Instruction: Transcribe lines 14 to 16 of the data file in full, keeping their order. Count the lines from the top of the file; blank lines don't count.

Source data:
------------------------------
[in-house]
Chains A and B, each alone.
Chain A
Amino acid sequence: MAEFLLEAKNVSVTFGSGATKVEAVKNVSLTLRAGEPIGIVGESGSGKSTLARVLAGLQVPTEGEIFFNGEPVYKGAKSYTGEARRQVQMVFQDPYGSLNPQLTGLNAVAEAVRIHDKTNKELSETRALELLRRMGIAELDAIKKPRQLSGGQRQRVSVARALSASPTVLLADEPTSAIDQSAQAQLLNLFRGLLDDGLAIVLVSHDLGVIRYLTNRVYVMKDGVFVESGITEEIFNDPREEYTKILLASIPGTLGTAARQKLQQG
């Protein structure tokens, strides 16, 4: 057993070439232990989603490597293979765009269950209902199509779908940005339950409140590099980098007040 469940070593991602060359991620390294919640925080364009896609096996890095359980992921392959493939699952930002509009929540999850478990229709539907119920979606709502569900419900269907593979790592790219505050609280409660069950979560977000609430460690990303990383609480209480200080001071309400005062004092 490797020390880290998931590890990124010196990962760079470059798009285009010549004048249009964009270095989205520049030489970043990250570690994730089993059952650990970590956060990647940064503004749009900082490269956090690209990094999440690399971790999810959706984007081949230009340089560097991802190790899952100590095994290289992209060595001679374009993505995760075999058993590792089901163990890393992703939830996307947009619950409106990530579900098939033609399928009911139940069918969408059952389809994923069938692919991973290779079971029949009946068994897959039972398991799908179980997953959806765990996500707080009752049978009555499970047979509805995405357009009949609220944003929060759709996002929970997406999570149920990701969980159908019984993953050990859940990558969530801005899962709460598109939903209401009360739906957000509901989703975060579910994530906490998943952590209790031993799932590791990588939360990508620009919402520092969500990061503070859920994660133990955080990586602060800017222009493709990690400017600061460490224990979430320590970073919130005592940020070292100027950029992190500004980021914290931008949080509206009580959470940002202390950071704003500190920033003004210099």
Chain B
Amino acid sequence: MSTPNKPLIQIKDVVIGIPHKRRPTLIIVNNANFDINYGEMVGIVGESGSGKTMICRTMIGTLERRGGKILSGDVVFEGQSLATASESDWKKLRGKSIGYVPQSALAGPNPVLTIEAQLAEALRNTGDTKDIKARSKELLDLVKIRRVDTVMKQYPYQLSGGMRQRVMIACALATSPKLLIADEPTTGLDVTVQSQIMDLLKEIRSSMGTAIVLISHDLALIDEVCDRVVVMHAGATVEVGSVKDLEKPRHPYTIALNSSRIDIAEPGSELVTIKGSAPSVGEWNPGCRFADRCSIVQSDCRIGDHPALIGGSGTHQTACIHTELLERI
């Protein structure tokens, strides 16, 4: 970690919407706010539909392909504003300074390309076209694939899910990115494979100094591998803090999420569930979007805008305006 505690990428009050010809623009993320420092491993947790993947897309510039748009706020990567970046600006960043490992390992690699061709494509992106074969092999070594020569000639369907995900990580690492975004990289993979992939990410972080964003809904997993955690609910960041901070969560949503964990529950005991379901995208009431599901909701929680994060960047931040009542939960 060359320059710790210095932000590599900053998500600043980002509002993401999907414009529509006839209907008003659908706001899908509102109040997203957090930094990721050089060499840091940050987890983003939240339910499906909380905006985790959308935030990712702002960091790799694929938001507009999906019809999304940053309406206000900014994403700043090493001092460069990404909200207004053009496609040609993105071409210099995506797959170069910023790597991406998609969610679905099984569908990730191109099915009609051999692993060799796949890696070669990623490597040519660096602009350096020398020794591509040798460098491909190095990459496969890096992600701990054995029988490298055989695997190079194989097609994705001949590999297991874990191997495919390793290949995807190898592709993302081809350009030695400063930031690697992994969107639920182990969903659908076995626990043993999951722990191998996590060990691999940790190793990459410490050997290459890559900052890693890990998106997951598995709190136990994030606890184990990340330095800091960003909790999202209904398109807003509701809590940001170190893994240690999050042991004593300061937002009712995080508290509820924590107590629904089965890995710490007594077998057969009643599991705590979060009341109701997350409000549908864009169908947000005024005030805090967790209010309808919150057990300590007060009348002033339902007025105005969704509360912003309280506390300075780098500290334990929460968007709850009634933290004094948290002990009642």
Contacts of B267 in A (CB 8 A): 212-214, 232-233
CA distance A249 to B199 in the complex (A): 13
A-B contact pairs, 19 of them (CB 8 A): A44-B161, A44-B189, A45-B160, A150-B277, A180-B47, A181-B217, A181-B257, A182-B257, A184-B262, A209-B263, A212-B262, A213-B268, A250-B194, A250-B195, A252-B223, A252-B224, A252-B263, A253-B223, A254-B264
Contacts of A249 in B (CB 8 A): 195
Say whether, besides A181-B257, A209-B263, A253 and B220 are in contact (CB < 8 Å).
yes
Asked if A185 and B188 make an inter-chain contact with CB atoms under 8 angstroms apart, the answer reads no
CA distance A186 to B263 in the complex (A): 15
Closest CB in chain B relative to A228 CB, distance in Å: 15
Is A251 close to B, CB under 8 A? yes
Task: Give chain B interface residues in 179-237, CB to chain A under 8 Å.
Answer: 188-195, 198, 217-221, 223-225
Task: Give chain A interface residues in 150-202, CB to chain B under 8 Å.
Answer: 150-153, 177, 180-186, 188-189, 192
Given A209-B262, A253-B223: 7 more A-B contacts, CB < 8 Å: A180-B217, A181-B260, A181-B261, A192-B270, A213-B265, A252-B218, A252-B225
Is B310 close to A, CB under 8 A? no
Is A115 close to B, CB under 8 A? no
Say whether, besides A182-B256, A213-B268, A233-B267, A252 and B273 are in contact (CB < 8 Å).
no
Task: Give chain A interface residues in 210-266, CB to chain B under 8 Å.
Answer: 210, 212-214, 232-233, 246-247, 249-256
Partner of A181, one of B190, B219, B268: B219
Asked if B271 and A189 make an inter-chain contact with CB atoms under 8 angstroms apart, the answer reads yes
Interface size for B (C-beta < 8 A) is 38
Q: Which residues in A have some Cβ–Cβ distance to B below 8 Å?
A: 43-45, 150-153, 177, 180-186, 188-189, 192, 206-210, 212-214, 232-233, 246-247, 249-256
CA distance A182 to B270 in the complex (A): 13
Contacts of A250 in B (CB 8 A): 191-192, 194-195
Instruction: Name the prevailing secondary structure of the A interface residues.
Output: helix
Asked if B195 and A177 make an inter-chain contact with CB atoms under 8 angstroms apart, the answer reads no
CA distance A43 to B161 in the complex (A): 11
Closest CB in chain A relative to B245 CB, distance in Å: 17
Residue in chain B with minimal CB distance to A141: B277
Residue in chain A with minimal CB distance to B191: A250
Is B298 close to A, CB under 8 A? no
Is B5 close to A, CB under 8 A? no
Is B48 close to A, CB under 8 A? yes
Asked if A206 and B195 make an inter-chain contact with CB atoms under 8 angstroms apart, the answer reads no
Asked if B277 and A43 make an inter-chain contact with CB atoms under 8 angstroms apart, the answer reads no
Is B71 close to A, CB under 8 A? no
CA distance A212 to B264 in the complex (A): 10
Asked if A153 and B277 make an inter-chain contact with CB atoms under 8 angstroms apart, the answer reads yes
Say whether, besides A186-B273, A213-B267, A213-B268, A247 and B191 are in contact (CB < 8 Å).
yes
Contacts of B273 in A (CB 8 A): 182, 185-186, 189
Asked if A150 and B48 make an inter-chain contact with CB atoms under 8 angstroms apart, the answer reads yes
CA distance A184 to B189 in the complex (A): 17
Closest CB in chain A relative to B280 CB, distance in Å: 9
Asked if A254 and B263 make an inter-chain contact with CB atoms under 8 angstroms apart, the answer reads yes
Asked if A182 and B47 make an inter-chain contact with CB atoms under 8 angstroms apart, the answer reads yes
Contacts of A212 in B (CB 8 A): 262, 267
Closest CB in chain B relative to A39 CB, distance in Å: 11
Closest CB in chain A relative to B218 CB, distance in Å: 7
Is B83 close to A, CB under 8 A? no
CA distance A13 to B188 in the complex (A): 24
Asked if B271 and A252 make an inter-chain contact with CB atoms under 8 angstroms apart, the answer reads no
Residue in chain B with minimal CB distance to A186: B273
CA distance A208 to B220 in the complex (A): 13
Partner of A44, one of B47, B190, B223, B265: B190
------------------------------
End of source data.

yes
Asked if A185 and B188 make an inter-chain contact with CB atoms under 8 angstroms apart, the answer reads no
CA distance A186 to B263 in the complex (A): 15